The Old Testament from Judeo tradition recognized and integrated by both Christian and Islamic faiths provides how prayer directs life in honoring God as in Proverbs, “In all your ways acknowledge Him, and He will make your paths straight” (3:6). Since the first Christians were predominantly Jewish converts, daily Christian lives honoring God took place in ritual practice of prayer remaining in the Judeo tradition. With the Roman Emperor Constantine conversion to Christianity, the religion spread throughout Europe over the centuries under the Holy Roman Catholic Church and the daily practice of prayer as a way of life honoring God continued.
The practice of three times a day centered around the dividing the time into morning, high noon, and evening – and other patterns according to the divisions of the work day led by the Bible directing, “Do not be anxious about anything but in every situation by prayer and petition with thanksgiving present your request to God” (Philippians 4:6). Until Martin Luther initiated the Reformation movement of the 14th century from the Catholic Church the act of prayer three times a day remained specifically occurring at the third hour, noon, and the last at the ninth hour as previously outlined.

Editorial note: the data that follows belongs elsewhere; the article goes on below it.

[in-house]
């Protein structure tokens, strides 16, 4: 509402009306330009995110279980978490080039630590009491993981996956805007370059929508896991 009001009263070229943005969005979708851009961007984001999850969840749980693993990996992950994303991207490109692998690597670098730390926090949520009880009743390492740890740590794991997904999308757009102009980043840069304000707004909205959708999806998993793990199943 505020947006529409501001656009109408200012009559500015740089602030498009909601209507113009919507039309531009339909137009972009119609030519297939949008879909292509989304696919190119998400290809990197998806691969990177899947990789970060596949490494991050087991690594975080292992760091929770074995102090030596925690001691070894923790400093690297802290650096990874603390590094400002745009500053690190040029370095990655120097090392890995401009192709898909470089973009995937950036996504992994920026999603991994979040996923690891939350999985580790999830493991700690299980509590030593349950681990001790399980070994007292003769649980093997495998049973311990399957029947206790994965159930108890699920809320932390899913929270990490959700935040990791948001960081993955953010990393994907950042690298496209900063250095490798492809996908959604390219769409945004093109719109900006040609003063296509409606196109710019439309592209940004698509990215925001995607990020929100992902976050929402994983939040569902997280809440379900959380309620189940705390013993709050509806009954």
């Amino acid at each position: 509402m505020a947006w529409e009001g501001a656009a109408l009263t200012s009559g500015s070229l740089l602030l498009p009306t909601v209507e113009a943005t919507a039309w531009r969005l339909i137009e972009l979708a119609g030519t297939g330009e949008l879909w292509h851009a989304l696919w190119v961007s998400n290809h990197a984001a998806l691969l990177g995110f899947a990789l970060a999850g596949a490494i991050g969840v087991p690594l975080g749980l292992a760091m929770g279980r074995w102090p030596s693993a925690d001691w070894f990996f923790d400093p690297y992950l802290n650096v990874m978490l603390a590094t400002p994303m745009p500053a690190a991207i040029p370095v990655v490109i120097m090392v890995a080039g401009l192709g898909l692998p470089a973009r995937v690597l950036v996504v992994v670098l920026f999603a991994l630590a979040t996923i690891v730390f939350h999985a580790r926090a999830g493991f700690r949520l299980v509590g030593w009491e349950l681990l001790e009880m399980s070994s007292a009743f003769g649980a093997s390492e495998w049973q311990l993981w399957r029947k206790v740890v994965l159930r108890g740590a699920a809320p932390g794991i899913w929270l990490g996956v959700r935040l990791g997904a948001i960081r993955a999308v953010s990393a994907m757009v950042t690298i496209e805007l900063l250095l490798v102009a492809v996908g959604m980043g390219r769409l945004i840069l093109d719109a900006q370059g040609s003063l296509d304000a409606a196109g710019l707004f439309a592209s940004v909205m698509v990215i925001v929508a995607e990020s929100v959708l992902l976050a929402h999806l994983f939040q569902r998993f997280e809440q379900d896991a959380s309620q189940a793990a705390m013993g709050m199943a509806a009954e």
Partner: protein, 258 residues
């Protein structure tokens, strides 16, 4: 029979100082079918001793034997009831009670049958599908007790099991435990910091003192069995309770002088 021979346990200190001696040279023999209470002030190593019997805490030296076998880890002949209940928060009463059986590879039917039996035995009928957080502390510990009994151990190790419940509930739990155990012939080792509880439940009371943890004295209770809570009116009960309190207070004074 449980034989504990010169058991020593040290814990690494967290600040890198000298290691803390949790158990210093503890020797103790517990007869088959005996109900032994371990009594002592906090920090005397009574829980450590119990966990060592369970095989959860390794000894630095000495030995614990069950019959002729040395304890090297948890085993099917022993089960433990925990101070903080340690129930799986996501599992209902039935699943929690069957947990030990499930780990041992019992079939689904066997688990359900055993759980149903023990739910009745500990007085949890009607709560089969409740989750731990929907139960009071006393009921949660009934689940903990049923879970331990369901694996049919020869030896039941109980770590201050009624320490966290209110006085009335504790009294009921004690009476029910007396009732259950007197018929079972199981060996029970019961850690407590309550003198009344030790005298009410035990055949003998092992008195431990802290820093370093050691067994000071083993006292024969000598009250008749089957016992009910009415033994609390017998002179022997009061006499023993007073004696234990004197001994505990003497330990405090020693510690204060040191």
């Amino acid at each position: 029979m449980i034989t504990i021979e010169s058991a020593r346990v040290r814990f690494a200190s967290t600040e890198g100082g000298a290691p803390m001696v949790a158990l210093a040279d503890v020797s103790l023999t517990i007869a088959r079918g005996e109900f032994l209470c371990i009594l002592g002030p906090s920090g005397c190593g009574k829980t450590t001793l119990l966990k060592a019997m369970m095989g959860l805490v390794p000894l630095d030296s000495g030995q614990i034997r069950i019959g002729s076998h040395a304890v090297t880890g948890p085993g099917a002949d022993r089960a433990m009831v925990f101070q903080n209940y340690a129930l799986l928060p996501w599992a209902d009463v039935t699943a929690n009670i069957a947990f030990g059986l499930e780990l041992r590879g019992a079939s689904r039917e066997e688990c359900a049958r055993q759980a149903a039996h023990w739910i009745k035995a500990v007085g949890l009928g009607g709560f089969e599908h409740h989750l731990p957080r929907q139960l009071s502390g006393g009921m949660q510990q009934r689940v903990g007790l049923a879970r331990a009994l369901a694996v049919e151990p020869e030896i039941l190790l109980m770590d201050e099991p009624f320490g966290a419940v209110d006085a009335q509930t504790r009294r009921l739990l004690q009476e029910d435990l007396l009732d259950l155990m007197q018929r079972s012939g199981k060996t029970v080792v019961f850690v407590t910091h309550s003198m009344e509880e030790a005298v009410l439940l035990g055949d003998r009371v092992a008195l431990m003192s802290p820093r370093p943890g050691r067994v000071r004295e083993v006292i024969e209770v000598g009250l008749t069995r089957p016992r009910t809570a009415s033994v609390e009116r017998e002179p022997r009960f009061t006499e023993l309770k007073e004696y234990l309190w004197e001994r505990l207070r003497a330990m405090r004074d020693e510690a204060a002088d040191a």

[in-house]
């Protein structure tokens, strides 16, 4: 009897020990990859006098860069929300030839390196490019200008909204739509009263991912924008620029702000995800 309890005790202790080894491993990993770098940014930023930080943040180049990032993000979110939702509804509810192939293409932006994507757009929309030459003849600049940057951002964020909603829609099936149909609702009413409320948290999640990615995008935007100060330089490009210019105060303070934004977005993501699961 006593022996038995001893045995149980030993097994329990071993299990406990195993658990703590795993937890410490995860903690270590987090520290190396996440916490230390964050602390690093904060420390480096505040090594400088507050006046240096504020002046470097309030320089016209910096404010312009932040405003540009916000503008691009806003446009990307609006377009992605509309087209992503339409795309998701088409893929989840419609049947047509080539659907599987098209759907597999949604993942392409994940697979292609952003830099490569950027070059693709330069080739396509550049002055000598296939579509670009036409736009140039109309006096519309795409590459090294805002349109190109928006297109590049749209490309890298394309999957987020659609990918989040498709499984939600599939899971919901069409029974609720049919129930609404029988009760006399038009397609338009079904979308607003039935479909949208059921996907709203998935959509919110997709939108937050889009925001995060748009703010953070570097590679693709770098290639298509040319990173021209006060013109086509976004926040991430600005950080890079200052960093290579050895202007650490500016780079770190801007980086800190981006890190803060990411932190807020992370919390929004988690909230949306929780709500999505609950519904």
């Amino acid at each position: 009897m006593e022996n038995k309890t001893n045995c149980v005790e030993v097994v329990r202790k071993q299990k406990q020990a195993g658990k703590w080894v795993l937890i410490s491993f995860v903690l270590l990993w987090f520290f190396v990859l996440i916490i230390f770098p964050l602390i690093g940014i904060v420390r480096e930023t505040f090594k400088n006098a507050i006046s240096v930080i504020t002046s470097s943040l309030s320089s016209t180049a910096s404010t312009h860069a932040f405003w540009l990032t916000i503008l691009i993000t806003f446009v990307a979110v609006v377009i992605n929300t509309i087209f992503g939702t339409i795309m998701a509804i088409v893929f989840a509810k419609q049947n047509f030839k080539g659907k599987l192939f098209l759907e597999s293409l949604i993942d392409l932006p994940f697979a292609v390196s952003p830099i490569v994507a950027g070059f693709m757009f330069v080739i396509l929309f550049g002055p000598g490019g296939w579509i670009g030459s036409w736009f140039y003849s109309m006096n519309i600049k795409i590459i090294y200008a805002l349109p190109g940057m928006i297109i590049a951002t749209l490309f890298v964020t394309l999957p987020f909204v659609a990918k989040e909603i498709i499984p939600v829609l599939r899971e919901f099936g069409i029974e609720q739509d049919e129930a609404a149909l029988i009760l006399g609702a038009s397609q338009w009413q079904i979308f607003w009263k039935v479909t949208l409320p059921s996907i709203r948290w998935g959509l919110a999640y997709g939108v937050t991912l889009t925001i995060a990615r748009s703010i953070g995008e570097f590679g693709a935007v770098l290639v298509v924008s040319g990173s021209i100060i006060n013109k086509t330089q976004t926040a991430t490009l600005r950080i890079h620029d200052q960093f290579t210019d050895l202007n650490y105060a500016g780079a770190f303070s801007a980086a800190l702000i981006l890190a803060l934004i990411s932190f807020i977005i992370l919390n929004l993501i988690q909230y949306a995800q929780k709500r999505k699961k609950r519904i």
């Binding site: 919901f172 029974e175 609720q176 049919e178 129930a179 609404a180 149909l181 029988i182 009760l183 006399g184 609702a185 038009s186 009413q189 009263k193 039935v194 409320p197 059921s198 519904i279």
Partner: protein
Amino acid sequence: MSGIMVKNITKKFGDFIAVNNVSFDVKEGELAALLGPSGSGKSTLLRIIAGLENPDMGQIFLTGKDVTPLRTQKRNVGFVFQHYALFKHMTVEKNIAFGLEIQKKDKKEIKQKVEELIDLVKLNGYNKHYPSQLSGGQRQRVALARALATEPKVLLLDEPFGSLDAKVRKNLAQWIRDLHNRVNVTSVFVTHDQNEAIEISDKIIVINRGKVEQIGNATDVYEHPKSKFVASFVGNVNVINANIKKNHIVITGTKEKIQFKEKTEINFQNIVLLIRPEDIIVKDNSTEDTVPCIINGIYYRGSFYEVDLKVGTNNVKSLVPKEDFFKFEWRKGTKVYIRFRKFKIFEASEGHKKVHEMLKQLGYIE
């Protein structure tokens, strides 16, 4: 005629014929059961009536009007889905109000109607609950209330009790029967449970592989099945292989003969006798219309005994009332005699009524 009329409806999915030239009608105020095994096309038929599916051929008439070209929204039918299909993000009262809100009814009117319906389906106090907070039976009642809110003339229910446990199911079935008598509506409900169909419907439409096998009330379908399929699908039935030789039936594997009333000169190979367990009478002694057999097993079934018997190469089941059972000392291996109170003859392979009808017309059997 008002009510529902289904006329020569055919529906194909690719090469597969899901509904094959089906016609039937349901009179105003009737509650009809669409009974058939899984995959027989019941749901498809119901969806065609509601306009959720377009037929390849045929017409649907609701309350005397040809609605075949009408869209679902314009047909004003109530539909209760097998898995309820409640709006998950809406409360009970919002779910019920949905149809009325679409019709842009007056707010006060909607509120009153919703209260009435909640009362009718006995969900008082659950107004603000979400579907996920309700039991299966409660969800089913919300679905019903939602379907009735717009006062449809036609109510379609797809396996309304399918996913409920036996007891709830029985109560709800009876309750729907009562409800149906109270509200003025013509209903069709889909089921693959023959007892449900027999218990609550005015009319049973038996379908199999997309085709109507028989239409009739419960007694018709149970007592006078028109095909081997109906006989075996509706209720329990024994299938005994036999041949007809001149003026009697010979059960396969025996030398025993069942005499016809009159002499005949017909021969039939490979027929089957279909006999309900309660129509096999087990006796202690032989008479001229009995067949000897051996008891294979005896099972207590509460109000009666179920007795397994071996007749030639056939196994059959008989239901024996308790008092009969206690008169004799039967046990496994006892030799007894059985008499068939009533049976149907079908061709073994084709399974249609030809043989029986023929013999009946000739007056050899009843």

The comparison of prayer as a means for living a life honoring God remains constant through Christian belief today but with Protestantism the similarity in prayer taking place at specific times of day similar to the five times a day of the Muslim adherence to the Five Pillars makes drastic changes. Prayer times a day changing with the Reformation became particularly a personal practice without the Catholic tradition of rosaries. Protestant Christian practice of prayer as part of a life honoring God initiating the traditional changes adhered to the scripture of the New Testament as the doctrine leading the call for prayer by believers. The ongoing analysis of the act of prayer framing a life for Christ and therefore, honoring God remains fundamental to the intellectualism of the religion.